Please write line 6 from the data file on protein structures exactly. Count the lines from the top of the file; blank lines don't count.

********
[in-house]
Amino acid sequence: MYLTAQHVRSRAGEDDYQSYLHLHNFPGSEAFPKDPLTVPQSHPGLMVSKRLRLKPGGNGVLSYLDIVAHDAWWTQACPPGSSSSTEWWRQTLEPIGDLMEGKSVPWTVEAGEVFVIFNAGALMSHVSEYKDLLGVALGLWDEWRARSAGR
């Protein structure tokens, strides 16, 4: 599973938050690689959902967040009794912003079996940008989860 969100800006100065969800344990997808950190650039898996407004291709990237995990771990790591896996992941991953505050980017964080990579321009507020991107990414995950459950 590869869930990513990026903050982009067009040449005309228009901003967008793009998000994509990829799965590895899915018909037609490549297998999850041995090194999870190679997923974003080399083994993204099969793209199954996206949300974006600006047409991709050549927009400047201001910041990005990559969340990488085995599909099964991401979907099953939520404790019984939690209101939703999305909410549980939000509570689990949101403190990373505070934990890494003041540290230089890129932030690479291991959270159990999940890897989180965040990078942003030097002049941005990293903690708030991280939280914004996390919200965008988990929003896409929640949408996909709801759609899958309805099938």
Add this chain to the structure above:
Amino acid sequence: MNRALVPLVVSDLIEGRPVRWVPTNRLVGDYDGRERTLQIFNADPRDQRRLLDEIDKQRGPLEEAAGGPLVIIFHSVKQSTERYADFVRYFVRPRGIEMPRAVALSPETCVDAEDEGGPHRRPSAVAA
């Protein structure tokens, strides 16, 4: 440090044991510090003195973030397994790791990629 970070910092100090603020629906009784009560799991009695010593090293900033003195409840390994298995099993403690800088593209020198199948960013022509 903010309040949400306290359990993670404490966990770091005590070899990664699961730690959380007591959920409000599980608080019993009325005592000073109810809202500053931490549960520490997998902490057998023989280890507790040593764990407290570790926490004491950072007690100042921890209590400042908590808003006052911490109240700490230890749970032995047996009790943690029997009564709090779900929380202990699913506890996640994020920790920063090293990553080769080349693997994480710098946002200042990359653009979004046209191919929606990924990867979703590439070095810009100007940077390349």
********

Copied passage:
């Protein structure tokens, strides 16, 4: 440090044991510090003195973030397994790791990629 970070910092100090603020629906009784009560799991009695010593090293900033003195409840390994298995099993403690800088593209020198199948960013022509 903010309040949400306290359990993670404490966990770091005590070899990664699961730690959380007591959920409000599980608080019993009325005592000073109810809202500053931490549960520490997998902490057998023989280890507790040593764990407290570790926490004491950072007690100042921890209590400042908590808003006052911490109240700490230890749970032995047996009790943690029997009564709090779900929380202990699913506890996640994020920790920063090293990553080769080349693997994480710098946002200042990359653009979004046209191919929606990924990867979703590439070095810009100007940077390349």